Campus & Community

Ness ’04 scores:

4 min read

Piece for string quartet wins Blodgett Competition

Sophomore Alexander Ness is only the second undergraduate to win the Blodgett Competition since its inception. Ness’ piece will be performed by the Ying String Quartet, current holders of the Blodgett Residency, in the fall. (Staff photo by Stephanie Mitchell)

For Alexander Ness, composing is its own reward.

“Just the experience of composing music and working with sound is a great joy,” said the sophomore music concentrator.

But Ness’ musical talent has gained him an additional benefit beyond the sheer joy of creative endeavor. His four-minute piece for string quartet has won this year’s Blodgett Competition — only the second composition by an undergraduate to win the prize since the competition was inaugurated in 1992.

Ness’ piece will be performed next during the fall 2002 term by the Ying String Quartet, as part of the Blodgett Chamber Music Series. The Yings, current holders of the Blodgett Residency, are three brothers and a sister from the small rural town of Jessup, Iowa, who have performed all over the world and are winners of the Naumburg Chamber Music Award.

Ness, who has been composing seriously since he was a high school student, said he was surprised to win the competition, not only because the winner has been most often a graduate student, but because he was afraid his piece was too short to impress the judges.

“Usually they seem to be looking for something more massive,” he said.

But according to Bernard Rands, the Walter Bigelow Rosen Professor of Music and a member of the prize committee, it was the condensed quality of Ness’ writing that caught the judges’ ears.

“The conciseness of the piece was one of its attractions,” said Rands. “It’s not a rambling, sprawling piece. It’s very concise and extremely musical.”

Despite its brief duration — not much longer than the average pop tune — the piece took a considerable amount of labor. Ness began the composition during the summer while he was at the Aspen Music Festival and completed it over winter break.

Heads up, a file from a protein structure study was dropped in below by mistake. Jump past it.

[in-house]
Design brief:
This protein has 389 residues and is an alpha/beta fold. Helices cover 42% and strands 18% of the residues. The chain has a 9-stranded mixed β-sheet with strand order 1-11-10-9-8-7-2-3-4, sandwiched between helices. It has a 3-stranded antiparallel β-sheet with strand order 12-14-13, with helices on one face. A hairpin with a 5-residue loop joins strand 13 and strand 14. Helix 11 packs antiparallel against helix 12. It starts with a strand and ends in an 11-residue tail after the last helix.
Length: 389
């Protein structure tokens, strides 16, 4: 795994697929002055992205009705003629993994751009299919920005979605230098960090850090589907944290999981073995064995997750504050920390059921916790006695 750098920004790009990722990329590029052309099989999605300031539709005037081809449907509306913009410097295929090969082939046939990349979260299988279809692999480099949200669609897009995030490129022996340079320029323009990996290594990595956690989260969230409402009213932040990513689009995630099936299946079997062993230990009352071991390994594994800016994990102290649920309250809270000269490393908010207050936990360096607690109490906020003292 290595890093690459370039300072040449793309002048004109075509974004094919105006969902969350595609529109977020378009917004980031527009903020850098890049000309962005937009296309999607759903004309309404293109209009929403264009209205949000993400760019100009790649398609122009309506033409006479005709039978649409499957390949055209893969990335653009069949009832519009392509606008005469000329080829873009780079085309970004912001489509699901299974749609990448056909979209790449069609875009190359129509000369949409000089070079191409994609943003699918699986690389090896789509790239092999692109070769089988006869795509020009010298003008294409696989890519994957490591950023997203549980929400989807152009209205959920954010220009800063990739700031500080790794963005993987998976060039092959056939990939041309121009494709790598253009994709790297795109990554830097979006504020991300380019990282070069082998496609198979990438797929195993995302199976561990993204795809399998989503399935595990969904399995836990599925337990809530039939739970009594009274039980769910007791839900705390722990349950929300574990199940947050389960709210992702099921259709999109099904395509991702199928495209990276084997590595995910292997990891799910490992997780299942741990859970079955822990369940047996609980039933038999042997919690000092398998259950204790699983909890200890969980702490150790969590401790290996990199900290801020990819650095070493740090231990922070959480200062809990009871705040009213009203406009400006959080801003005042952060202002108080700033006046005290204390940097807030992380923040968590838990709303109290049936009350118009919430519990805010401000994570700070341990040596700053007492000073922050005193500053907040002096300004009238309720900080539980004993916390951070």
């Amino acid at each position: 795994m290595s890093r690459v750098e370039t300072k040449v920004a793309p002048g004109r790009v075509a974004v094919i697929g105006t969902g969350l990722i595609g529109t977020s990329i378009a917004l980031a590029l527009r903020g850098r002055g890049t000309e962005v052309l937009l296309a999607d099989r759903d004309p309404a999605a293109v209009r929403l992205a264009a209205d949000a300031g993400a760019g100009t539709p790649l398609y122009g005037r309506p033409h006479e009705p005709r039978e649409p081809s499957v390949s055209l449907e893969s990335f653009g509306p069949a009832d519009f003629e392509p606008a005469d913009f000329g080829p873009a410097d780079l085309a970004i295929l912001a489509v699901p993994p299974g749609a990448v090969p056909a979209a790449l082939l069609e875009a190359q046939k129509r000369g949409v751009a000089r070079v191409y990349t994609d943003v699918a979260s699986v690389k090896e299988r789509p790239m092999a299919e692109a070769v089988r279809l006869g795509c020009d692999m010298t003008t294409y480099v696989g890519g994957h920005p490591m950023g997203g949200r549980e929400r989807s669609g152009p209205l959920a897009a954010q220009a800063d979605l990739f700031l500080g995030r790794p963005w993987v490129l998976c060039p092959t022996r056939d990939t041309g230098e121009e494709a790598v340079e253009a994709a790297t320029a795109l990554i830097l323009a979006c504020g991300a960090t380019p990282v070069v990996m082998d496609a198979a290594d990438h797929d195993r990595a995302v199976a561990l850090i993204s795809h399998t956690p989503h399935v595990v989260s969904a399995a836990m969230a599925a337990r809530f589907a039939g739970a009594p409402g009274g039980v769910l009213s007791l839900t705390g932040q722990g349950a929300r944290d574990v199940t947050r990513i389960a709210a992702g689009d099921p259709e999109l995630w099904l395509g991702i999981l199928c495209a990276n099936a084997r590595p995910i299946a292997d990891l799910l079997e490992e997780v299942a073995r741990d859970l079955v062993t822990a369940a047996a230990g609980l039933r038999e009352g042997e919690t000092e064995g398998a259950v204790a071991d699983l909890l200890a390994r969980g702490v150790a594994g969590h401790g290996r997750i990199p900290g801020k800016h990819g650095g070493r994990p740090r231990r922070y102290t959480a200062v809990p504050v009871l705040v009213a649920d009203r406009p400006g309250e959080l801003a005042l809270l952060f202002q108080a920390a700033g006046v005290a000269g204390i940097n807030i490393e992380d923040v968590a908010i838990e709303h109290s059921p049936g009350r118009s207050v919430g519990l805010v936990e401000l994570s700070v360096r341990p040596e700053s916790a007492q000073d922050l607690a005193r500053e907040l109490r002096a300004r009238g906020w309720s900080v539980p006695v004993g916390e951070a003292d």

“So all together, I worked on it for about a month and a half, and that’s working for a solid six hours a day. I learned a lot, though.”

What does Ness’ piece sound like? He described it as loosely based on the classical sonata form employed by composers like Mozart and Beethoven.

“But saying that is like trying to describe a wine by describing the bottle it’s in,” he said.

Members of the Music Department who have seen the piece, on the other hand, have noted the heavy influence of the modernist composer Arnold Schoenberg. But Ness says that the harmonic and rhythmic language of his piece are very different from Schoenberg’s compositions.

The difficulty of describing Ness’ piece may stem in part from the composer’s intuitive approach and the variety of his musical influences.

“My main philosophy is that if it sounds good, do it. I don’t think any formal justification is necessary. It’s like eating a meal — there shouldn’t be any ideology attached to it.”

Ness’ eclectic approach applies to listening as well as composing. In addition to the standard Western classical repertoire, he regularly listens to a diverse mix of music, including Indian classical music, Pearl Jam, Red Hot Chili Peppers, and George Clinton and his P-Funk All-Stars.

Ness is an accomplished pianist as well as a composer. This Sunday, April 14, at 3 p.m., he will give a free piano recital in the Eliot House library. The program includes pieces by Brahms, J.S. Bach, Debussy, and Beethoven.

Rands, who has mentored Ness as a composer, praises his student’s pianistic abilities and notes that in performing his own compositions, he is never stymied by the complex rhythms he often employs. But it is as a composer that Rands expects him to make his mark.

“I believe he has a vocation in this area of music,” Rands said. “He’s very dedicated and devoted to it. I expect him to produce significant work in future years.”